Rhubarb Lavender Jam
This is it, folks. This is the last recipe in the official Rhubarb Fest here on SFTF. Won’t you miss that glaring shade of pink font? There may be a few stragglers to come, but both my kitchen and my garden have moved on from the ephemeral spring beauty of rhubarb to the boisterous abundance of early summer. Now that my harvest basket is brimming daily with sugar snap peas, kohlrabi, beets, lettuces, radishes, broccoli and more, it’s tough to stay focused on one exclusive ingredient. Can you blame me?
But celebrating rhubarb has been fun, hasn’t it? I discovered several new and delicious recipes, all of which astonishingly excluded strawberries, rhubarb’s bestest buddy ever! Of course I saved the best for last. This batch of Rhubarb Lavender Jam combines so many of my favorite flavors: sassy rhubarb, floral lavender, and wildflower honey, all of which came out of my garden in one way or another. I also love that this jam does not require any pectin. It’s not that I mind pectin in my jam. I just mind the inevitable realization that I used up the last of my stash and never remembered to replace it (pectin’s tough to find in bulk here in the city so I buy mine at the little local store by my parents’ farm when I’m visiting).
If you’re not a master jam maker – and I certainly don’t consider myself to be one like Tigress in a Jam, the creator of this recipe – this is an easy beginners batch. The ingredients take minimal processing and you can’t really mess it up as you can keep cooking it if you aren’t sure that its ready to set up. Rhubarb takes a licking and keeps on ticking like that. And this jam does indeed set up beautifully.
If you’re not a big fan of lavender but you like the sound of rhubarb jam, I’m certain you could make this without the herbal addition. Or, better yet, try an herb you do like, maybe rosemary, mint, or even chamomile. And, yes, strawberries could make an appearance too if you don’t want plain ol’ boring rhubarb. Oh dear, have I given you the impression that I don’t like strawberries? Oh, but I do! In fact, I have two large patches of alpine strawberry plants – one in my garden and one in large containers on my deck – that I just can’t wait to start picking from, likely beginning next week as the first berries are just taking on color. But I really do like showcasing rhubarb as a luscious “fruit” not to be upstaged by that perky juicy red berry.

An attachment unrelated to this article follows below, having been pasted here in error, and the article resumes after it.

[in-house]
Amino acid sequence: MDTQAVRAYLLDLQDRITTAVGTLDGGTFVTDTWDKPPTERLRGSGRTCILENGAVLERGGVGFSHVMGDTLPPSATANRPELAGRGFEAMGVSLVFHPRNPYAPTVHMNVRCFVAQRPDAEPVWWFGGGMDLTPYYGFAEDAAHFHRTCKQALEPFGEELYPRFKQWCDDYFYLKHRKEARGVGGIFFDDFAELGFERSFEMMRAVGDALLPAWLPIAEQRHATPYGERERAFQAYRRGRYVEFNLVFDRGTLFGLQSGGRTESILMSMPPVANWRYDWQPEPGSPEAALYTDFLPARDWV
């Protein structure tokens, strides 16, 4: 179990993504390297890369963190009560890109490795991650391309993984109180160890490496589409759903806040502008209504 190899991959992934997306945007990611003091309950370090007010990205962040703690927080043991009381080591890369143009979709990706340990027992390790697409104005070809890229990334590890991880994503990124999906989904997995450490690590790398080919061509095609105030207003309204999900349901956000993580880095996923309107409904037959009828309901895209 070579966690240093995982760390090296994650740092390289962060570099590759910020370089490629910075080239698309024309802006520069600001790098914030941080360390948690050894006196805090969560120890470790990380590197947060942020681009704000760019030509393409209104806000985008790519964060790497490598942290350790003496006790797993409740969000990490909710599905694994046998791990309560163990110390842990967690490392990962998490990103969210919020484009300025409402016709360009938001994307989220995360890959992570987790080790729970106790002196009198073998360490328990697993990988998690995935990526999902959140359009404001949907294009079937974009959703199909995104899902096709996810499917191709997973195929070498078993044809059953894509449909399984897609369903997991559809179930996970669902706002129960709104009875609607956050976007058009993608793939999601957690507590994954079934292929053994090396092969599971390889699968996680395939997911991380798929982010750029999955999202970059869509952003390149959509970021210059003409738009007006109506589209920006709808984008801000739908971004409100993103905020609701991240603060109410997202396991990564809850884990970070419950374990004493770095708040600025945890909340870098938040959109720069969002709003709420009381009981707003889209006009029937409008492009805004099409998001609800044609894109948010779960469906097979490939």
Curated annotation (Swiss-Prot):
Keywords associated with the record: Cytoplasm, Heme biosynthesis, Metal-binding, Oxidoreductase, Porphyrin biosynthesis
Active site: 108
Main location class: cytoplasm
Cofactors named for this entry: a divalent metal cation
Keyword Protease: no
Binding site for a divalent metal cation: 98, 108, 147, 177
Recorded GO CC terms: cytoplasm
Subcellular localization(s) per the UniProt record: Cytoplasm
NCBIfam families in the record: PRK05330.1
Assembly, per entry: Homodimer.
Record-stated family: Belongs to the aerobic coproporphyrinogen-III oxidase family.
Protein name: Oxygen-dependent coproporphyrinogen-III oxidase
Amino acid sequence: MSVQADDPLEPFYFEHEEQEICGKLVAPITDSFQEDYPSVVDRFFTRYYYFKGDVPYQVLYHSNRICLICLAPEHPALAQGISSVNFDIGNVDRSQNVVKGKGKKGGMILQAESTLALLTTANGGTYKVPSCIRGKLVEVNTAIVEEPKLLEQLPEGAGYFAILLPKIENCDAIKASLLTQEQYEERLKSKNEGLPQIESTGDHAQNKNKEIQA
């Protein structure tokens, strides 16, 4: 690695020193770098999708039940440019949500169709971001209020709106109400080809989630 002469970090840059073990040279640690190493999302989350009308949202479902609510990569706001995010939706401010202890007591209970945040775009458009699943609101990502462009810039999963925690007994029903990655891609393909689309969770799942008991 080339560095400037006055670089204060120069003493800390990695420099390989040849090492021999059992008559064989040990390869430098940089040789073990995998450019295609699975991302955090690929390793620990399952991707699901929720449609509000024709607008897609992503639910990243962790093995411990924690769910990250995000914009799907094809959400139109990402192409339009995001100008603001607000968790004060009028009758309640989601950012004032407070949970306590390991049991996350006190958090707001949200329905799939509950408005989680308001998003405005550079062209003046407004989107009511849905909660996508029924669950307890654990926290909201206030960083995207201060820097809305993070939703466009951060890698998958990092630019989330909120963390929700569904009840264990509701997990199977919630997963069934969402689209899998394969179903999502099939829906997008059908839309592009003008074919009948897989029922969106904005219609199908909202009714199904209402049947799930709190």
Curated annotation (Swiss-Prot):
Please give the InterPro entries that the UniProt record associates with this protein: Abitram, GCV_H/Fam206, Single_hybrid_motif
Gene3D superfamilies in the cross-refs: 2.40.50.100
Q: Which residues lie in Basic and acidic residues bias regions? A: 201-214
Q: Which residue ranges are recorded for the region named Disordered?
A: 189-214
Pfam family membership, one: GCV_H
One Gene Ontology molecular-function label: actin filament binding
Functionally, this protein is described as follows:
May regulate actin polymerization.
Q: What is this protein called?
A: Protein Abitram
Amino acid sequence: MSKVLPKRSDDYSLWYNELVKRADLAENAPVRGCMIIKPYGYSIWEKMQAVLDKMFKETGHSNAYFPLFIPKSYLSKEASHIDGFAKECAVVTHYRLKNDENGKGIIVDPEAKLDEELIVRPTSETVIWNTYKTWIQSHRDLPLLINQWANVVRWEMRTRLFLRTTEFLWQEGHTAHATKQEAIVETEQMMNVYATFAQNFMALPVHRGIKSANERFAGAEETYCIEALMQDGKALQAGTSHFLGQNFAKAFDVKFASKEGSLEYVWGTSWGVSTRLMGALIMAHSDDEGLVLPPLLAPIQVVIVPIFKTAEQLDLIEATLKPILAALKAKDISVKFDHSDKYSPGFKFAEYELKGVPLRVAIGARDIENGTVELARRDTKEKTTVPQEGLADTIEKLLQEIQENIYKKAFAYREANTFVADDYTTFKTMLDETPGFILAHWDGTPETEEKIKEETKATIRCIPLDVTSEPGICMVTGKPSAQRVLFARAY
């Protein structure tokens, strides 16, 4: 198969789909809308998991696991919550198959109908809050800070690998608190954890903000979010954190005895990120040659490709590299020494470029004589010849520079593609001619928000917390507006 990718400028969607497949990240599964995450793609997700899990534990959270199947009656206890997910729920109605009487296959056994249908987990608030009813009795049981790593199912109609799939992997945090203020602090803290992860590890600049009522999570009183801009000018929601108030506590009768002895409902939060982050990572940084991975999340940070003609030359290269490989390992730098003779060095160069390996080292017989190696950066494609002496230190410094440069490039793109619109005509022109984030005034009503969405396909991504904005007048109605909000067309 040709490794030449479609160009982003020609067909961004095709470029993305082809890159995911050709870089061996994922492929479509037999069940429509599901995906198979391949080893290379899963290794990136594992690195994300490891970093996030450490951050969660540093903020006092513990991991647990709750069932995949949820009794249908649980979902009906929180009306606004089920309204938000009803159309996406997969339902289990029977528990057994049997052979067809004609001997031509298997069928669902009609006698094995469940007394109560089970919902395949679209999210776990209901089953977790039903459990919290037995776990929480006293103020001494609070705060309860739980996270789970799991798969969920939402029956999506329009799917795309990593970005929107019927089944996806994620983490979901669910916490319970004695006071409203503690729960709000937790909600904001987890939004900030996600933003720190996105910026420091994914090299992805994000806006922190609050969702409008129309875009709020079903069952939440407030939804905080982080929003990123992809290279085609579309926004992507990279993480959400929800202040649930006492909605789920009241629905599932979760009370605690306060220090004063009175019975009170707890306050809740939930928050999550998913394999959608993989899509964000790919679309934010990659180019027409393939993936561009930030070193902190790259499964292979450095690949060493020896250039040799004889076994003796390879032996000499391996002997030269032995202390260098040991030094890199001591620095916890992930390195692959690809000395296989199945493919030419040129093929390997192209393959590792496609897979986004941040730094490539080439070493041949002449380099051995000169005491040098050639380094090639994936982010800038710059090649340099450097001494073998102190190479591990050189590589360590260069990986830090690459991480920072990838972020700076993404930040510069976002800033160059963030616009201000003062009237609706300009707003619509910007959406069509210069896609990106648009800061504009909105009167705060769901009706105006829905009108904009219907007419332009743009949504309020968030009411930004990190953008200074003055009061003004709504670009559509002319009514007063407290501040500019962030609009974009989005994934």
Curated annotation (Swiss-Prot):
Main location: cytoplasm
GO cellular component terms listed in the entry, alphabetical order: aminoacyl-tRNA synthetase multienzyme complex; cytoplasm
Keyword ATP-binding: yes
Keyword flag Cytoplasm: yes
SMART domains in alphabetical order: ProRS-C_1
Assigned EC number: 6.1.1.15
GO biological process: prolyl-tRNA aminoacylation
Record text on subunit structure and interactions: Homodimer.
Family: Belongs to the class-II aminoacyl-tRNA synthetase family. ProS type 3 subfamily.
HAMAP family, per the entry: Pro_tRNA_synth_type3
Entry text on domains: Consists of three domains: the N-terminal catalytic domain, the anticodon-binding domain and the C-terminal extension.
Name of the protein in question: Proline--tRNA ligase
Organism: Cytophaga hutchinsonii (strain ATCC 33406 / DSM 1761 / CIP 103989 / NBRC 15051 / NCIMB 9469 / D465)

Oh, would you like to know my goal for next year? To make this same recipe using only ingredients I’ve grown myself. My lemon tree, which is currently sitting in a large clay pot in my garden and growing like mad, should be bearing plenty of lemons next spring. And instead of sugar, I’m going to try using ground stevia, a sweet herb I currently grow to sweeten my homemade herbal tea blends. I’m growing enough of it this year that I should have cups of it dried and ground for storing over the winter. Fun, huh?
Rhubarb Lavender Jam
Adapted from Tigress in a Jam
6 C. rhubarb, finely chopped
2 ½ C. granulated sugar
5-8 fresh lavender sprigs
7 oz. wildflower honey
Wash the rhubarb thoroughly and cut any thick stalks in half lengthwise. Finely chop rhubarb and measure out six cups into a large ceramic bowl. Add sugar, juice of one lemon, and the florets only of the lavender. Stir gently to make sure all the rhubarb is coated and the sugar is not sitting at the bottom of the bowl. Cover with a plate or foil and set in the fridge to macerate overnight.
The next morning, place one or two small plates in the freezer for later use. Gather five small jam jars and sterilize either in the dishwasher or by place a small amount of water in the bottom of each one an microwaving them for 3 minutes on high. Empty out any remaining water and set aside. Meanwhile, place the lids in a shallow pan, covered with water, and simmer on the stove until ready to use.
Place the rhubarb mixture in a fine mesh strainer and collect juice in a non-reactive (stainless steel) pan. Add honey and bring the liquid to a boil. Skim any foam that collects on top and continue boiling until it is very hot and steaming, about 4-5 minutes.
Add the rhubarb mixture to the liquid in the pan and return it to a boil, carefully skimming any foam that gathers on top. Add juice of the other lemon and continue cooking at a boil for 5-6 minutes, stirring and skimming as needed.
Take jam off heat and use a potato masher to break up any remaining solid pieces of rhubarb. Check the set of the jam by taking a plate from the freezer and dropping a small spoonful of jam on it and let it sit for a moment. Pass a finger through the middle of the jam. If it is set, there will be a clear line left behind. If the jam runs back together, return the pot to the heat and boil for another minute or two and try the “set test” again with a fresh plate from the freezer. Repeat as needed to get the jam to set.
Remove the simmering lids from the stove and drain off the water. Put a sterilized jar in a small bowl (to catch any drips and to protect your hands from the heat) and ladle hot jam into it. Wipe the rim and threaded mouth clean before screwing on the lid. Turn upside down to cool and repeat until all jam is in jars.
After an hour or two, turn jars up right and let cool completely. Check to see if lids sealed by pressing on them. If they give or pop, they are not sealed and must be stored in the fridge. If they have sealed, store in a cupboard. This makes a small batch so I did not bother to process them in a hot water bath. If you wish to make larger batches or store for a long length of time, follow these instructions.
(makes 4-5 half pint jars)